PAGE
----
By William Fisher
The first waves of what could become a tsunami of demands for harsh punishments have begun appearing in the two Middle East countries that have successfully overthrown their dictatorial rulers.
In Egypt, the trial of former Interior Minister Habib el-Adly, who ran the country’s dreaded security police, began last week at a Cairo criminal court. He is charged with money laundering and profiteering, but it is the savage cruelty of Egypt’s secret police that is motivating the pro-democracy demonstrators who would like to see him executed.
And in Tunisia, which overthrew its long-term ruler, Zine el-Abidine Ben Ali, Amnesty International is charging that the country’s security forces shot at bystanders, protesters who were fleeing and others who posed no threat, in “reckless disregard” for human life during that country’s December-January uprising.
In both countries, it is likely that there will be dozens of high-profile prosecutions of public officials who abused their positions of power to kill or injure citizens or amass personal fortunes. Bringing all of them to trial in an orderly manner that respects their legal rights is bound to present a challenge for interim governments.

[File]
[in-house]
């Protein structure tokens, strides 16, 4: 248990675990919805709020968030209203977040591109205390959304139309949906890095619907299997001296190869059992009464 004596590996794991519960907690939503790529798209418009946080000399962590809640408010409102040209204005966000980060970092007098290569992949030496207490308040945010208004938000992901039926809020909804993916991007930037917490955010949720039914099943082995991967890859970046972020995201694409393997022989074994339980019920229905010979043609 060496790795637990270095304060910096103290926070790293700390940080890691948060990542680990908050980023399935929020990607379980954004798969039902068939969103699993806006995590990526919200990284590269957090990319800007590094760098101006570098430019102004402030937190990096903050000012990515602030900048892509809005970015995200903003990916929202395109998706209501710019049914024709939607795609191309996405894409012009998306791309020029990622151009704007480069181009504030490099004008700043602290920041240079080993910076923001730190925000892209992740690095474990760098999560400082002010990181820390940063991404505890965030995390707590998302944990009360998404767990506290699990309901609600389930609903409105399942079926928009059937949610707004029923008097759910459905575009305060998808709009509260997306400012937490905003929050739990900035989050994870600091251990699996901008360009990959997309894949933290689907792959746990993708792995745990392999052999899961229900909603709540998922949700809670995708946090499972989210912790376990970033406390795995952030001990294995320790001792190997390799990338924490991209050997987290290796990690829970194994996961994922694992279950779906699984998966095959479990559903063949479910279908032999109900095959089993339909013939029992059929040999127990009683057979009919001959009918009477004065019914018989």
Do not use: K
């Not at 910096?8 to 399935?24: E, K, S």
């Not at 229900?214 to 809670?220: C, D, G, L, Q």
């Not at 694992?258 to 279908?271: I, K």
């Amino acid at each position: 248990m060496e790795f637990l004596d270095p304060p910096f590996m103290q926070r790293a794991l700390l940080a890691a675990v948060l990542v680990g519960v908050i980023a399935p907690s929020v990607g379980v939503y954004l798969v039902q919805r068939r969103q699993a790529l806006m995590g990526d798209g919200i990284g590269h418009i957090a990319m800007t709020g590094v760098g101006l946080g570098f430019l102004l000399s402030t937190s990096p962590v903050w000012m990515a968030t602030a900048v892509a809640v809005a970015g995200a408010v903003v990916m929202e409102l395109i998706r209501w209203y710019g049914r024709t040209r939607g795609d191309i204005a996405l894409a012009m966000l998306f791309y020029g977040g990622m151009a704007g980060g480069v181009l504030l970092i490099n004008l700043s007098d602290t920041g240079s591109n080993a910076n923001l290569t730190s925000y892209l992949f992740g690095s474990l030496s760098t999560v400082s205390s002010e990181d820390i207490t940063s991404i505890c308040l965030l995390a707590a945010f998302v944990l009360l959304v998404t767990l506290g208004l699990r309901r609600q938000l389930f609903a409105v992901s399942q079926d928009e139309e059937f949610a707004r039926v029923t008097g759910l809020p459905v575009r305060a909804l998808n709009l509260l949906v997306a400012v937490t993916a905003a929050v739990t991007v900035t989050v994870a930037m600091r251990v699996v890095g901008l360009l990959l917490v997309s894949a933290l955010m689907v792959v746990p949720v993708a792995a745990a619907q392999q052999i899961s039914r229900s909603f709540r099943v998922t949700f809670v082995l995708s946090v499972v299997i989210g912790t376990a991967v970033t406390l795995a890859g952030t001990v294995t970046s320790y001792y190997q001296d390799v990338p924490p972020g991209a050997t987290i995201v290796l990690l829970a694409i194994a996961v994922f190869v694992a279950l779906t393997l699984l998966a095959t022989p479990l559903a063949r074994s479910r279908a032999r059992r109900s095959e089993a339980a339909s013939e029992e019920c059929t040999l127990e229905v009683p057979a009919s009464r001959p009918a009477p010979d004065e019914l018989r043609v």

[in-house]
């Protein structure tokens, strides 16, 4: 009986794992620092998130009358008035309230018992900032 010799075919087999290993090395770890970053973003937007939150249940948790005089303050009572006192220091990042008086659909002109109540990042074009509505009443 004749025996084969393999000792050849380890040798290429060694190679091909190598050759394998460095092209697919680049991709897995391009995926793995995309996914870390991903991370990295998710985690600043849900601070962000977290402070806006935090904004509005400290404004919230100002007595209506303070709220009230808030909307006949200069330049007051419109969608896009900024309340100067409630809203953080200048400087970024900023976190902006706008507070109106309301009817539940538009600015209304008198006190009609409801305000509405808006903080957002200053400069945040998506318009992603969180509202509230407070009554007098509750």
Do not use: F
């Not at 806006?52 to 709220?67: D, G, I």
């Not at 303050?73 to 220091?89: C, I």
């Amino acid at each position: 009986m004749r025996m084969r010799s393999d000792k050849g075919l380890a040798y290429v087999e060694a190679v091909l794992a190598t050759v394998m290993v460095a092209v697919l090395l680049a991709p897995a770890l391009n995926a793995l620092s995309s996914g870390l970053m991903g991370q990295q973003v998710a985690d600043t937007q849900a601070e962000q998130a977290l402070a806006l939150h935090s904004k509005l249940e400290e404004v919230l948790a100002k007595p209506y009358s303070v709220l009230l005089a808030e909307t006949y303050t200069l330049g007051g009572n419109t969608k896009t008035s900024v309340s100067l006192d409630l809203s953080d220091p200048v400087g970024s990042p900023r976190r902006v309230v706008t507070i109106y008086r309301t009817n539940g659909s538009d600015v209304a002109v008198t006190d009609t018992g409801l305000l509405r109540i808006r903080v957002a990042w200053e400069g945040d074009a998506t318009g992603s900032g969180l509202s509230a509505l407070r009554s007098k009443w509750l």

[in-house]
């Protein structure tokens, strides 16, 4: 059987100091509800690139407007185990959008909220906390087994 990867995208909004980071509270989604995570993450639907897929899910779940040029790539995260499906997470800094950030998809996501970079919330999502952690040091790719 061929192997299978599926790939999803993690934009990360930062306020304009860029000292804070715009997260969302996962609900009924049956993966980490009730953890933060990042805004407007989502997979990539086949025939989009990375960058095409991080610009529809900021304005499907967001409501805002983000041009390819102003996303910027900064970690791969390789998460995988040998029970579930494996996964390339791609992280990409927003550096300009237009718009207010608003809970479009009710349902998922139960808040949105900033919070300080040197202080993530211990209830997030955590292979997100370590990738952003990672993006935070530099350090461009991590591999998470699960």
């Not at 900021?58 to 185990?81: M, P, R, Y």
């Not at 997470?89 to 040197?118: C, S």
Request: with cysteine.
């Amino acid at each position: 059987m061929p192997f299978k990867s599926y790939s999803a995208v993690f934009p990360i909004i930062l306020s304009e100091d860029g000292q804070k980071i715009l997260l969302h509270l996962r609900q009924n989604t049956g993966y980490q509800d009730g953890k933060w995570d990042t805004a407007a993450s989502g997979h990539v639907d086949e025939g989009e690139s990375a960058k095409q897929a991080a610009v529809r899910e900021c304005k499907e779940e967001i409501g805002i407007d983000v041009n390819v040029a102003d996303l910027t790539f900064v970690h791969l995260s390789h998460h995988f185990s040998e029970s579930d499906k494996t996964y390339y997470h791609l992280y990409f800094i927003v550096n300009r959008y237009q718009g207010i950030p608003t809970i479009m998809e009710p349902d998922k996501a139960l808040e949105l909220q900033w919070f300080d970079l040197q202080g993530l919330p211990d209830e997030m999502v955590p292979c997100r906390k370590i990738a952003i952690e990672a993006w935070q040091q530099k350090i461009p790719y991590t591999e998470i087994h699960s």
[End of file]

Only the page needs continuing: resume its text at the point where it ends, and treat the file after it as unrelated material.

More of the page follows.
As his trial opened, the former Egyptian interior minister denied charges of corruption and money laundering.
'It didn't happen,' said el-Adly, who faces charges of money laundering and profiteering.
Judge Almohammadi Qunsuah adjourned the session to April 2, after the defense asked for time to study the documents of the case.
El-Adly is the first of several former officials to face trial after 18 days of protests forced president Hosni Mubarak to step down on February 11.
Tight security measures were in place around the court where the session was held, with a few snipers seen on top of the building. Only 40 journalists were allowed inside the court, after first being required to leave their mobile phones outside.
Some 150 pro-democracy protesters gathered outside the court, calling for el-Adly and other officials to be held accountable for corruption and wasting the nation's wealth.
Some chanted 'the people want the death sentence for the murderer,' witnesses said.
Protesters have blamed el-Adly, among other officials, for violence against anti-Mubarak protesters that left more than 350 people dead earlier this year.
Meanwhile, the court started reviewing a request by the attorney general Abdel Meguid Mahmoud to freeze the assets of Mubarak and his family.
No decision was made, with the court adjourning the hearing until Tuesday.